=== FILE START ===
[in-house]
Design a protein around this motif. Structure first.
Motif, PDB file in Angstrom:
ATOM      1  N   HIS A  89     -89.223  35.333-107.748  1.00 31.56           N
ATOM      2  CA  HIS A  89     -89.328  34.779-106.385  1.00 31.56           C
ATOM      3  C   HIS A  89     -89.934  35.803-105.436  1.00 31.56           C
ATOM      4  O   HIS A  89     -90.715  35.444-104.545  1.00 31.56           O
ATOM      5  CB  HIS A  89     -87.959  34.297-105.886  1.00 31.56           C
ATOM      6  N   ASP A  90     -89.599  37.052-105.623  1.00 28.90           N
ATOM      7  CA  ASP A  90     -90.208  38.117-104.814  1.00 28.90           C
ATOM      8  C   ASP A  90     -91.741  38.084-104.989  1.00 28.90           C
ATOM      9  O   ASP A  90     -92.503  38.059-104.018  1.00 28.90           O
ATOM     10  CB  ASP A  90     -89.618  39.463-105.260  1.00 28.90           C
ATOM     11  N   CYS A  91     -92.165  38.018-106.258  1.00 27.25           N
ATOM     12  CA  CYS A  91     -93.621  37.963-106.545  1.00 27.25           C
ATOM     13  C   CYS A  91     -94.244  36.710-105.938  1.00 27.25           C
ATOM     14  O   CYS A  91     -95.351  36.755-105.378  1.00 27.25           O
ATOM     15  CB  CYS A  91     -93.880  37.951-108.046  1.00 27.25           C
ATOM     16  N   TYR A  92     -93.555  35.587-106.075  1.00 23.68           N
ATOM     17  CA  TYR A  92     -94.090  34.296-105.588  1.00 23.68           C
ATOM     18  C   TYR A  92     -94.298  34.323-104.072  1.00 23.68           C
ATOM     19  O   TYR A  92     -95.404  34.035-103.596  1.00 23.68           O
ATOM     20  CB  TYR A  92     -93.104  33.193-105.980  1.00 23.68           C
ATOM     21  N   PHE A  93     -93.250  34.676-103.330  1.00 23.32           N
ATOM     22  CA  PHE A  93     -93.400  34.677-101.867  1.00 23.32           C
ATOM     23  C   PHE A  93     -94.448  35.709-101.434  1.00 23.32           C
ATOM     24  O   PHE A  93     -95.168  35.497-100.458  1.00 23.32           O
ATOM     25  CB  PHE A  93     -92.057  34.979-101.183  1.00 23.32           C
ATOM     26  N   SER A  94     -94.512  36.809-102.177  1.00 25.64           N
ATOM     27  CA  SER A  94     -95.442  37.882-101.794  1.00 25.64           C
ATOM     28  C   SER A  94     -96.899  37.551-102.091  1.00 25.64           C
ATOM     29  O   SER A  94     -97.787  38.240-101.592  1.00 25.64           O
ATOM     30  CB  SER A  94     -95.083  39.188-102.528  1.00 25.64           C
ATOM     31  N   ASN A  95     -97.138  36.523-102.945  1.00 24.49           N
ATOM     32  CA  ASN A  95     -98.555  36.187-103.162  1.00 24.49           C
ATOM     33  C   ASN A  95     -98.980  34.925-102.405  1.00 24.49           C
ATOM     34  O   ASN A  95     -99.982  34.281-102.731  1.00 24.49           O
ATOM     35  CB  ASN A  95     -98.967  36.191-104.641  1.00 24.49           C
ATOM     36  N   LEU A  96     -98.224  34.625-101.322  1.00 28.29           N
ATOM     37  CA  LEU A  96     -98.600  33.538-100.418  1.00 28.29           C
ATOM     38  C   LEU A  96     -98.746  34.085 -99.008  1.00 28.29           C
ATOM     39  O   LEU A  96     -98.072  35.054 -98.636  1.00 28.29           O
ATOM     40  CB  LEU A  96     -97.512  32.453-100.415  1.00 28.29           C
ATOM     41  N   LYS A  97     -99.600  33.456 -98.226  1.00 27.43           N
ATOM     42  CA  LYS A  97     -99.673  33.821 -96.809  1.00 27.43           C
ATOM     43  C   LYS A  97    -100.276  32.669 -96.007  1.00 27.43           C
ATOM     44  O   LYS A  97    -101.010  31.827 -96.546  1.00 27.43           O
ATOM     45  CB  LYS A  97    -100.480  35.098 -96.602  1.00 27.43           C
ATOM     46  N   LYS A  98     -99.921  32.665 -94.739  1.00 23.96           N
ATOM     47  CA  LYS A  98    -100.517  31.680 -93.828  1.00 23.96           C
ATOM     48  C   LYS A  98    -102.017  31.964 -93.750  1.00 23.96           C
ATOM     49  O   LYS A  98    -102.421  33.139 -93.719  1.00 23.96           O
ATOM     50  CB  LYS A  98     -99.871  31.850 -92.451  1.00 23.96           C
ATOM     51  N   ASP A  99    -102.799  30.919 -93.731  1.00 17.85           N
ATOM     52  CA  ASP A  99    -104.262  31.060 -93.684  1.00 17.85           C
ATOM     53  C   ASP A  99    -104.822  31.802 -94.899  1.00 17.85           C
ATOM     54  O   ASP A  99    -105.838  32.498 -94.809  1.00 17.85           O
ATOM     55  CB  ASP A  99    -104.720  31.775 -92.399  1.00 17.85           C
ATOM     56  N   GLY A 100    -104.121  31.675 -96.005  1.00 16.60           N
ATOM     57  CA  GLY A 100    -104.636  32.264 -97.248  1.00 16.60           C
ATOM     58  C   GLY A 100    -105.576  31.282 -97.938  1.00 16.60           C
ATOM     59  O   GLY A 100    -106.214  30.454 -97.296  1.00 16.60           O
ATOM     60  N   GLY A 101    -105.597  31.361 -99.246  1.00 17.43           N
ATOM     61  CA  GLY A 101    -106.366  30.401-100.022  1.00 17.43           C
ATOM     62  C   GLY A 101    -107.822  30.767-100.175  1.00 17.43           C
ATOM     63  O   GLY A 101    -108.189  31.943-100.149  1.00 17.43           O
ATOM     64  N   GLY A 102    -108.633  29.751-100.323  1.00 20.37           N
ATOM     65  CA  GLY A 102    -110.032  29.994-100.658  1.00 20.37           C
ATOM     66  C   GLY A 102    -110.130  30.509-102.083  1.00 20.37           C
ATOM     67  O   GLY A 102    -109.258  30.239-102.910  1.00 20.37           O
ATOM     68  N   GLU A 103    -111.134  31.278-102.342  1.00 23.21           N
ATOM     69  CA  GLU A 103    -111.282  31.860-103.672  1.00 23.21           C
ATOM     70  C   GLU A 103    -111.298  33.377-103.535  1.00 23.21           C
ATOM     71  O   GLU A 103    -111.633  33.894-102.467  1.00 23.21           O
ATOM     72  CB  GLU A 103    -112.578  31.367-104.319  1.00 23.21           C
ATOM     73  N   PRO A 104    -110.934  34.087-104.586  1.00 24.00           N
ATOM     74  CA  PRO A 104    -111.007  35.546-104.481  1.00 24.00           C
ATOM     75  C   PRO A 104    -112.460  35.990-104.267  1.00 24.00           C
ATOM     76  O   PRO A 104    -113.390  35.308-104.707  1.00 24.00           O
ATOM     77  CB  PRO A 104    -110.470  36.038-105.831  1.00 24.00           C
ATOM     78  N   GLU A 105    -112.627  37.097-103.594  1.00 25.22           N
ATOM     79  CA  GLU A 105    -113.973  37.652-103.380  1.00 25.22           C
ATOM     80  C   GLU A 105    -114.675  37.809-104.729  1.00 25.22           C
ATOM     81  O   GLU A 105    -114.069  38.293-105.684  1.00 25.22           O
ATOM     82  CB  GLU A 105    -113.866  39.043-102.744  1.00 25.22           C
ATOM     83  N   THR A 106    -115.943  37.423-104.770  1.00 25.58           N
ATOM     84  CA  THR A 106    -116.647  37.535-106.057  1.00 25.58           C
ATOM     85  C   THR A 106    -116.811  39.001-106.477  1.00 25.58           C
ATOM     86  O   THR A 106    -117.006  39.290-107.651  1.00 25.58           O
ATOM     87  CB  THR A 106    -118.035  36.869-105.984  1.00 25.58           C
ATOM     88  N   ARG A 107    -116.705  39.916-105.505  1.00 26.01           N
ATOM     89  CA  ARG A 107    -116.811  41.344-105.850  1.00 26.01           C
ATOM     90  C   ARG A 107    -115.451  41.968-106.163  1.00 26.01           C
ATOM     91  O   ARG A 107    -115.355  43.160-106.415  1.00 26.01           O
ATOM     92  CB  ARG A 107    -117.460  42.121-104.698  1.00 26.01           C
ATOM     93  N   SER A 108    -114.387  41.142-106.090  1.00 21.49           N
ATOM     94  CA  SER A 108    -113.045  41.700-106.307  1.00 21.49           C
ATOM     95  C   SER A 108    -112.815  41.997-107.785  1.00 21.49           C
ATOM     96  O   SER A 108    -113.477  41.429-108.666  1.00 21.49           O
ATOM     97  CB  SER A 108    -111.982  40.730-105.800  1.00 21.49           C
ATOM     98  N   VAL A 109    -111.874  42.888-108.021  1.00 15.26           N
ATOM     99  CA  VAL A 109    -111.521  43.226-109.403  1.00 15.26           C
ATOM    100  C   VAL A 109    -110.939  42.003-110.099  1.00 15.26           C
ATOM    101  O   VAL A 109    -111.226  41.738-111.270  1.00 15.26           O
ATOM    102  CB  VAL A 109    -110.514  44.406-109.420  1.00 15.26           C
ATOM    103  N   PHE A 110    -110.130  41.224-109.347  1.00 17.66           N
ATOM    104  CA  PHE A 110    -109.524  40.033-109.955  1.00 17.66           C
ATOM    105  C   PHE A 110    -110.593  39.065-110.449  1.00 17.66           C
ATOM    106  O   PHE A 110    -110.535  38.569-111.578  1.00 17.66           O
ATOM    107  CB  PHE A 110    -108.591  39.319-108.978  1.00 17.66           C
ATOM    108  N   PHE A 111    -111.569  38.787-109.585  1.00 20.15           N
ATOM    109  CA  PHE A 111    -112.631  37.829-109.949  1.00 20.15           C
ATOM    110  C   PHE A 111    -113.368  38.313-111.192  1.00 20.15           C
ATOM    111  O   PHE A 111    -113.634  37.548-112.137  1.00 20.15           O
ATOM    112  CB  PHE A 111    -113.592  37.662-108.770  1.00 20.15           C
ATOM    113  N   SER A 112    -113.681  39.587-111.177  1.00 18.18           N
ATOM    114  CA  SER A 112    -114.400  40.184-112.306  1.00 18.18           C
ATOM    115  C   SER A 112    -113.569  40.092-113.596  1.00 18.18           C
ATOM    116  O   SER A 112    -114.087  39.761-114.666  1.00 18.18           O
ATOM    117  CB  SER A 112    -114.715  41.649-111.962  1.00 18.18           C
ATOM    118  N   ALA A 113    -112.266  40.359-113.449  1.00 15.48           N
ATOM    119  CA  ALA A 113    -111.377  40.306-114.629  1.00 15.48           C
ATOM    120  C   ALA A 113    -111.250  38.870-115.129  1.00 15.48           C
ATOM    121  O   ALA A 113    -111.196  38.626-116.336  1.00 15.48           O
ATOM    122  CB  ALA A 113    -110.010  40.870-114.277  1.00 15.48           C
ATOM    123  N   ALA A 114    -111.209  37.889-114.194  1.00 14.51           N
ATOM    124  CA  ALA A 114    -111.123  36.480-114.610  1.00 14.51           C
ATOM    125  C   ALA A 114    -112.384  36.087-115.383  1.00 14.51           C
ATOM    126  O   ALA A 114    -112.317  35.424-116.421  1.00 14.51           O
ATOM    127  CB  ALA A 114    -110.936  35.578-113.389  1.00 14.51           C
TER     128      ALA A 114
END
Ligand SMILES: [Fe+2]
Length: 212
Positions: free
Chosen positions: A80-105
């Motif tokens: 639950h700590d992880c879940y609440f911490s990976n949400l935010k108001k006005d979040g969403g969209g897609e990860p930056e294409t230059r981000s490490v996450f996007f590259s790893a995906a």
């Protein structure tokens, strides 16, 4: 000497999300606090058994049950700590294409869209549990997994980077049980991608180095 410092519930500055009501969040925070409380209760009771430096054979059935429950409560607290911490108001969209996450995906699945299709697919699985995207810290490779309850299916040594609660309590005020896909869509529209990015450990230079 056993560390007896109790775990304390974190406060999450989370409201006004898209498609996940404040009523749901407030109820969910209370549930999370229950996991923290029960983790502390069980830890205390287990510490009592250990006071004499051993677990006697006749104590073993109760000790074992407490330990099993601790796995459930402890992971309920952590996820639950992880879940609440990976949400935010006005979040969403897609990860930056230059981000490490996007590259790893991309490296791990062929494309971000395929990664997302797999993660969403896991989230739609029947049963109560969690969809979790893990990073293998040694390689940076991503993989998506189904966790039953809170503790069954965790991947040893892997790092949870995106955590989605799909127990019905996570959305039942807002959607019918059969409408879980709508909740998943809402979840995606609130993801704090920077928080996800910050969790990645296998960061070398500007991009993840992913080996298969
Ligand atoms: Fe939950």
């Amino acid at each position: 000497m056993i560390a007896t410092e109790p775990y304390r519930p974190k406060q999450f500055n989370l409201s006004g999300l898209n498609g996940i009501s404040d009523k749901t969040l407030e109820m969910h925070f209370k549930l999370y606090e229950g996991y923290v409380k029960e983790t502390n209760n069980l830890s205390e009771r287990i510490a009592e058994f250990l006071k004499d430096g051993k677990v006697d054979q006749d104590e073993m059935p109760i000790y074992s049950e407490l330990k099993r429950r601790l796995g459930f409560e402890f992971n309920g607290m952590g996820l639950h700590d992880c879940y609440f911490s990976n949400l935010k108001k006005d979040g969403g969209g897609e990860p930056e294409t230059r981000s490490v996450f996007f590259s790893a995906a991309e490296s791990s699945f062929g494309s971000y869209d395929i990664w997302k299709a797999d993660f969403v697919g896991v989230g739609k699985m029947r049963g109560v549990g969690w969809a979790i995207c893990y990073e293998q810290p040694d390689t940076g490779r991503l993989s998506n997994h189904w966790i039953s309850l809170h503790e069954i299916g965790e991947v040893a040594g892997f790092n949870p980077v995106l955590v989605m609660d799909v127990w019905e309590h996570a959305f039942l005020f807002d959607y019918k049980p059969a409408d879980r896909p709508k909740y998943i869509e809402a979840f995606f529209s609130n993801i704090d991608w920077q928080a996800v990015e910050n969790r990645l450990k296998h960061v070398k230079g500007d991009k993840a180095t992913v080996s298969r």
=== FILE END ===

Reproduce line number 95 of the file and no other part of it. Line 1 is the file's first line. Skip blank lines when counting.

ATOM     92  CB  ARG A 107    -117.460  42.121-104.698  1.00 26.01           C